The govt’s hostility to Freedom of Information shows again

The BBC is reporting that civil servants have stepped up the shredding of official documents, ahead of the Freedom of Information Act coming into force:

From a series of parliamentary answers Dr Julian Lewis, the Conservative spokesman for the Cabinet Office, says he has discovered a huge acceleration in shredding.

The Department of Work and Pensions destroyed nearly 37,000 files last year – up 22,000 on four years ago when the Act was passed.

The number of files destroyed by the Ministry of Defence and the departments of Environment, Food and Rural Affairs and Trade and Industry has also risen dramatically.

Dr Lewis has called for an investigation by the information commissioner Richard Thomas

This follows on from the recent reports that the govt has ordered internal emails more than 3 months old to be deleted.

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Govt keeps legal advice re: ID cards secret

In line with its (lack of) commitment to freedom of information, the government has decided to keep the legal advice it received on whether the ID cards bill conforms to the European Convention on Human Rights secret. According to The Register:

This line, however, merely confirms the Government’s shameless approach to human rights in its legislation. One of the early moves of the Blair Government was to incorporate the European Convention on Human Rights into UK legislation in the Human Rights Act. This one might suppose would mean that the UK Government would be far more careful about human rights in its legislation, but instead of this it tends to be used as a kind of cloaking device. Instead of being accompanied by detailed assessments of human rights impact, UK legislation now tends to have just a one liner saying ‘the provisions of this legislation are compatible with the European convention of human rights.’ So, as Browne put it today, the Cabinet has advice on the impact prepared for it, and nobody else needs to see the advice because the legislation has been deemed to be compatible by the Cabinet. Trust us.

Thus in one fell swoop this illustrates both the weaknesses of the human rights/freedom of information legislation and the attitudes of this government towards privacy, openness, freedom of information and human rights. I.e. they know best and are quite happy to keep secrets about the legislation that will open up our lives to their scrutiny at the expense of our privacy and freedom.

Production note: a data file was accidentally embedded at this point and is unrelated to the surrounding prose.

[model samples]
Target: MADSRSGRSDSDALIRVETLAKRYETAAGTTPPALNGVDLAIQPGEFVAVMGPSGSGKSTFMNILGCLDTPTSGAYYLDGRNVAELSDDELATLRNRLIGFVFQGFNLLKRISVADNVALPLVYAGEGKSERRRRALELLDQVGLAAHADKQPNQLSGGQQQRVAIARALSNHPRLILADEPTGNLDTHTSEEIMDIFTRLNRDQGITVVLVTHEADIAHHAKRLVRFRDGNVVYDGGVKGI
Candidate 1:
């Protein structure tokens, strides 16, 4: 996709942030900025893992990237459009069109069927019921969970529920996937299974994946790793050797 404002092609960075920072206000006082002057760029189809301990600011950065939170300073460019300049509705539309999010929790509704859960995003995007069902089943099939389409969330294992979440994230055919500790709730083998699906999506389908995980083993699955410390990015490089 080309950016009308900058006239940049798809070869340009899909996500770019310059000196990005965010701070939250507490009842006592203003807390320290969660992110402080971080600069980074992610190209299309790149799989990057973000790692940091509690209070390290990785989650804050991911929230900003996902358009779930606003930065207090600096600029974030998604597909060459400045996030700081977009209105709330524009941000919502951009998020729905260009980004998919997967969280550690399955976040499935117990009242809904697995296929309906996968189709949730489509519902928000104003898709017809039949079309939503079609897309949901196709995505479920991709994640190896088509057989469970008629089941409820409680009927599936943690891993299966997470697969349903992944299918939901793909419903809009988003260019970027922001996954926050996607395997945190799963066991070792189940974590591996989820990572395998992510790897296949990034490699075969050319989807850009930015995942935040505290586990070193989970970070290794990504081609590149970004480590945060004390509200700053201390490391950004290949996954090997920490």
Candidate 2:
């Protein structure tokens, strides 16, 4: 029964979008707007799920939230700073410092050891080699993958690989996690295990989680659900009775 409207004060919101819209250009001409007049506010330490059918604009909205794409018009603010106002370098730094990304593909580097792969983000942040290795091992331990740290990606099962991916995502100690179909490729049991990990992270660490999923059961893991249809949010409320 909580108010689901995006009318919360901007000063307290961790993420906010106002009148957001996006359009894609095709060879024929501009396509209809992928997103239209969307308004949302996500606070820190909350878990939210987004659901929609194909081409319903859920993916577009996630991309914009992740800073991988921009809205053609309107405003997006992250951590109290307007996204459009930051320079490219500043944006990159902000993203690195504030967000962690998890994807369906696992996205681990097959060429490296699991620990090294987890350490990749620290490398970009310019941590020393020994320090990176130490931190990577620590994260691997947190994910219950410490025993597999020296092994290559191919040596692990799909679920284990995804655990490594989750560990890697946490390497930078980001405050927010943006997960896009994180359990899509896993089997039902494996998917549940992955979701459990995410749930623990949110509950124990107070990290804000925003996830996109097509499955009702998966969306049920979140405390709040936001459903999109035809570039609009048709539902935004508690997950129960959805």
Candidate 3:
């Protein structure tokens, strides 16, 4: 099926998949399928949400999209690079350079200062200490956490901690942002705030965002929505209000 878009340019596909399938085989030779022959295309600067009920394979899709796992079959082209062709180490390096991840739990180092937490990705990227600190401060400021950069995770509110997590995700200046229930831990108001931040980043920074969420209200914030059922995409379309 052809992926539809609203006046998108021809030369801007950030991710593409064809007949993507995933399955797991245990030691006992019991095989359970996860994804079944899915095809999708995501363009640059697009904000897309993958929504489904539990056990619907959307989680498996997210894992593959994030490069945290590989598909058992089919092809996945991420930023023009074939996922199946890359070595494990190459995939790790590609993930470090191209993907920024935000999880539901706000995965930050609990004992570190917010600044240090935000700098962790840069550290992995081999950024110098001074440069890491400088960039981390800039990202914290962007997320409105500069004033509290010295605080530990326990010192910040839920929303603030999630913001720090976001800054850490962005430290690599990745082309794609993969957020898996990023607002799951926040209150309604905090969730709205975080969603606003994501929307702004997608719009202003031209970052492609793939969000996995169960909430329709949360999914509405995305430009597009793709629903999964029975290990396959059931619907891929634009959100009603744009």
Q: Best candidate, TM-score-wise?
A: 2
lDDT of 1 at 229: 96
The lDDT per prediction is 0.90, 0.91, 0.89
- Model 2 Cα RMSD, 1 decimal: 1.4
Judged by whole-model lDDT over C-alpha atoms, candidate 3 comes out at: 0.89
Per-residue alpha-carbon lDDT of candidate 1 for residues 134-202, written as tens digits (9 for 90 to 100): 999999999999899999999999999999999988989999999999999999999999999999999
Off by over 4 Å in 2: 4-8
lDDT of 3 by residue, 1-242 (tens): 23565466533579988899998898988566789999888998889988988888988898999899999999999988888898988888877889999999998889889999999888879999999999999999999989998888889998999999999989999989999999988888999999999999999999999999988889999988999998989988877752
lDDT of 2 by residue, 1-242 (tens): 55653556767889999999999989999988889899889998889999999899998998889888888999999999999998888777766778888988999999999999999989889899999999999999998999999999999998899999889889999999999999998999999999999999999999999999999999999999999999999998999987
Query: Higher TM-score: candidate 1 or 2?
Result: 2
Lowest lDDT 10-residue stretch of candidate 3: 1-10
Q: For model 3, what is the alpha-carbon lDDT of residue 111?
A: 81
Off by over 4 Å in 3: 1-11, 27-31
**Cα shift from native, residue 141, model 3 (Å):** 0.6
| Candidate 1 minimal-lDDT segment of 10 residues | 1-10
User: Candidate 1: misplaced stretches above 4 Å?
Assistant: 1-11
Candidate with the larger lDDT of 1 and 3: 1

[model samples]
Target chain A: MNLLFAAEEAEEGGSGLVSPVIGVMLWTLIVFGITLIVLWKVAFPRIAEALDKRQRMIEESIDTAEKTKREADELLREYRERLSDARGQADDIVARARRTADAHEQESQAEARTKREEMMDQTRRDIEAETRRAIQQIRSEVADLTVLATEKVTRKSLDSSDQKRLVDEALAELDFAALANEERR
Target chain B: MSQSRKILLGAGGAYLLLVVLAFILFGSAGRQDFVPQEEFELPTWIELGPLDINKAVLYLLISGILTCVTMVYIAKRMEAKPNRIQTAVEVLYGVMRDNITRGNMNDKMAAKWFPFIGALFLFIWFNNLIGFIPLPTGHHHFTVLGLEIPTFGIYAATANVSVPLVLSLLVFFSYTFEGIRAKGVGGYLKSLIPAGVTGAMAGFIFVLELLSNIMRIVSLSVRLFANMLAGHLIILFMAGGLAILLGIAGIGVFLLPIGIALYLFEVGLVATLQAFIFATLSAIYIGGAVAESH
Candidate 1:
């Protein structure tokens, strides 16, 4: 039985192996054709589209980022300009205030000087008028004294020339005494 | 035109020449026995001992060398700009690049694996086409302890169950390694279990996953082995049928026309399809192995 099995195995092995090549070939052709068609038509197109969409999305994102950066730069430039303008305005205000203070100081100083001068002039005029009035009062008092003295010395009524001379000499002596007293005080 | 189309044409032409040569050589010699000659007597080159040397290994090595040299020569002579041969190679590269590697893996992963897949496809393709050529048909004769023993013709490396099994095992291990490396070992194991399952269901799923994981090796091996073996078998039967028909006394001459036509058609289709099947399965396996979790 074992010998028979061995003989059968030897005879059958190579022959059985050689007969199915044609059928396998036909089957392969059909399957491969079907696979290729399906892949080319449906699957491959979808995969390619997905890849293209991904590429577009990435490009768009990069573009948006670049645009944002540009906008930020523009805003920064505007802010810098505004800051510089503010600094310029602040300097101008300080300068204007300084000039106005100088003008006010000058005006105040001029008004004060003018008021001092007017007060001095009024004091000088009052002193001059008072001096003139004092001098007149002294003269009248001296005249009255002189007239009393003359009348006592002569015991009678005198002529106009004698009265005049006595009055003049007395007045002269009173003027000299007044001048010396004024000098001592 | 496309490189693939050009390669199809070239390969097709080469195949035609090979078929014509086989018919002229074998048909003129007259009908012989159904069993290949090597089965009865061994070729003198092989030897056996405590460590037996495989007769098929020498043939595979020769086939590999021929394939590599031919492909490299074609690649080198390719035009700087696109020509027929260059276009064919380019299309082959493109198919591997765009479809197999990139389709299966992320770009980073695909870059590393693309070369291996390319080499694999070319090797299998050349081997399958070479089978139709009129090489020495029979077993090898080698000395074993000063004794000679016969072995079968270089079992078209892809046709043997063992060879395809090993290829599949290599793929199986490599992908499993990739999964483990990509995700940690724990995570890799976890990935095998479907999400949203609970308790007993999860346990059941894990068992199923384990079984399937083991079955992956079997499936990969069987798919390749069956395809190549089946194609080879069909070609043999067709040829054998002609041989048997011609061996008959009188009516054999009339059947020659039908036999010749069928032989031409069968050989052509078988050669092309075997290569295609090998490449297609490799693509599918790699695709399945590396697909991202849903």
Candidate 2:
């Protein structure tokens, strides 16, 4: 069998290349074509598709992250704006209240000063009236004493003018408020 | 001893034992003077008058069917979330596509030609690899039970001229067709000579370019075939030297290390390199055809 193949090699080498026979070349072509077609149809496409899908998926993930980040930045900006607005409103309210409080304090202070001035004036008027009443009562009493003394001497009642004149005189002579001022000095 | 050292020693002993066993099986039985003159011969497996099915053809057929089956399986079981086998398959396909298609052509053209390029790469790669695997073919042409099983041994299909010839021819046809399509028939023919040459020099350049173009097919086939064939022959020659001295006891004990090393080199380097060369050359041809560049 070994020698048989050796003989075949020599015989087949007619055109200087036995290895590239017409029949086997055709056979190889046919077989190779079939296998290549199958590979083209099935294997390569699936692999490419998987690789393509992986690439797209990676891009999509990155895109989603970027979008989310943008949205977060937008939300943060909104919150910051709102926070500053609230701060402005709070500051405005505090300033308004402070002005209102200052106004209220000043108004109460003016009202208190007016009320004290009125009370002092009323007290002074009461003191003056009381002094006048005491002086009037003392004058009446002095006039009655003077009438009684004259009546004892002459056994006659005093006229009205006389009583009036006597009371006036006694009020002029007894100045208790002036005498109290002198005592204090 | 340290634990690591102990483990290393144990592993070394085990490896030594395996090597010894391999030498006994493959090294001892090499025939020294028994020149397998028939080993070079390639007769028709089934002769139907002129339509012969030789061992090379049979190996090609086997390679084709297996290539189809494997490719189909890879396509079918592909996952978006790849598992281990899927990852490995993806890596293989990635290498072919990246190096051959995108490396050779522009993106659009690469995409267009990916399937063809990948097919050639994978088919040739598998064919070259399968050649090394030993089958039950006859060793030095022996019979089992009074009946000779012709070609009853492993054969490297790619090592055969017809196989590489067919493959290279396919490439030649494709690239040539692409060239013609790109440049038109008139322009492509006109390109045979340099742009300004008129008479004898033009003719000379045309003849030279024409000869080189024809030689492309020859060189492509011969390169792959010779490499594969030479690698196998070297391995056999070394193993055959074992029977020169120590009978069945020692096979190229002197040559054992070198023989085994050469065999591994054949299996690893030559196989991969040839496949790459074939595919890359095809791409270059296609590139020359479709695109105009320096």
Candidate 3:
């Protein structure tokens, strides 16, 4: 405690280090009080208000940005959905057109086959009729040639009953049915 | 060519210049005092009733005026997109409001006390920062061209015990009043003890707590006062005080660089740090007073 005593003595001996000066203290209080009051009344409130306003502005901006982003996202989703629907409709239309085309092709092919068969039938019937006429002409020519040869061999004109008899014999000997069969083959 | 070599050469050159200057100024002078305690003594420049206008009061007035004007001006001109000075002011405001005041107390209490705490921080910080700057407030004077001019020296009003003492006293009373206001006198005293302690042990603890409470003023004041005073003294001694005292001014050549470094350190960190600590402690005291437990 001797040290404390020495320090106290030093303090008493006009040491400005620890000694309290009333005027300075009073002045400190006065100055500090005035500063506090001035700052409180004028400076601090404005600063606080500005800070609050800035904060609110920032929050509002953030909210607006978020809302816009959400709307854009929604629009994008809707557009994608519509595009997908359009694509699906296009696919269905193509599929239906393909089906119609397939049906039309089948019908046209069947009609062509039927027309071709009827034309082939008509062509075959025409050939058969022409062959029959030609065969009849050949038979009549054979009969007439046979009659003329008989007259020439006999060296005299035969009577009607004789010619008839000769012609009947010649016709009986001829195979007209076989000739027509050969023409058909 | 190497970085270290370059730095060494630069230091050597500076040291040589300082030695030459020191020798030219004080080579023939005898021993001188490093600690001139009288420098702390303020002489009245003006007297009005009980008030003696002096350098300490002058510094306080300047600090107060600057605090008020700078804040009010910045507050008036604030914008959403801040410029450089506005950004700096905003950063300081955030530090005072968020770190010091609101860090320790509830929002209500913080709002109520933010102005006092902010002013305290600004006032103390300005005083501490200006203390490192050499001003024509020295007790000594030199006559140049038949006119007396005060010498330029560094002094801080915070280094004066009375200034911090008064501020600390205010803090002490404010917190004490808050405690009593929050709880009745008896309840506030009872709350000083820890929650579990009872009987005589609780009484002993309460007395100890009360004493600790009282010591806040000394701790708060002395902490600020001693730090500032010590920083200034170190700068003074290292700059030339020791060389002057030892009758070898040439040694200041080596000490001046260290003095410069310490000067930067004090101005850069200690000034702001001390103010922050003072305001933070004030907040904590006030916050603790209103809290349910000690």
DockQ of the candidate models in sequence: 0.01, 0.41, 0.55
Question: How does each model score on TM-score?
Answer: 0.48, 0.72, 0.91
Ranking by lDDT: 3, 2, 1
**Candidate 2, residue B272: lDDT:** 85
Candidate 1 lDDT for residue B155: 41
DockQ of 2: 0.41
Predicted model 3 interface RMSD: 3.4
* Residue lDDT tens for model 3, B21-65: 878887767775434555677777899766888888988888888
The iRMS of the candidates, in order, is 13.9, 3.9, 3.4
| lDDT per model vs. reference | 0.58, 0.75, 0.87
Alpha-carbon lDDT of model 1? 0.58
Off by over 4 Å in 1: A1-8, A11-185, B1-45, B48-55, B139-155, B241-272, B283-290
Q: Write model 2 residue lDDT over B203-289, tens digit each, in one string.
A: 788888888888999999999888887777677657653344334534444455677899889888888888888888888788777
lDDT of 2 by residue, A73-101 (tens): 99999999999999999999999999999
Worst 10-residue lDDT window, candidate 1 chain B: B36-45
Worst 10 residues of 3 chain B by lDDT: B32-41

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Govt orders destruction of emails

According to this report in the Scotsman newspaper, the government has ordered that all government emails more than 3 months old be destroyed:

The Cabinet Office, effectively the Prime Minister’s department, says messages more than three months old must be wiped by Monday, The Times revealed.

The deadline comes just 11 days before the Freedom of Information (FoI) Act comes into force.

Conservative leader Michael Howard has written to Mr Blair demanding an explanation.

“There are reports that your Government is engaged on a massive email destruction binge in order to get round the law which you yourself passed,” he wrote.

“How hypocritical can you get ? What is your Government trying to hide ?

“The public are entitled to a clear and simple explanation as to what is going on.”

Many officials, including those in the PM’s Strategy Unit and the offices of Alan Milburn and Cabinet Secretary Sir Andrew Turnbull, receive around 100 emails a day.

The Cabinet Office’s 2,000 staff have been told to print and file emails that should be disclosed but there will be no supervision. (Emphasis added)

Such is the government’s commitment to freedom of information. But then anyone who reads the Freedom of Information Act would soon realise the government’s commitment was weak — the Act sets out a right of access to information held by the government and then produce a list of exemptions so broad as to effectively nullify that right.

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Labour issuing more gagging orders than the Tories

The Guardian reports that:

Ministers in Tony Blair’s government have issued more official gagging orders than the previous Conservative government, figures show.

The rise in the controversial orders – which keep secret Whitehall documents in court cases – has occurred despite official assurances that their use would be curtailed.

Ministers signed 100 public interest immunity certificates (PIIs) in the five full years since Mr Blair came to power in 1997, compared with 70 under the previous five years of the Tory government.

The figures have been collated from lists of orders obtained during an investigation by the BBC’s File on Four programme, which will be broadcast tonight on Radio 4.

Rules introduced in the wake of the arms-to-Iraq affair in the mid-1990s were supposed to reduce the volume of such orders.

While in opposition, Labour made political capital by criticising Conservative ministers for exploiting gagging orders to suppress politically embarrassing evidence. Sir Richard Scott, during his inquiry into the arms-to-Iraq affair, delivered a scathing attack on the abuse of such certificates.

So much for their commitment to freedom of information and open government.

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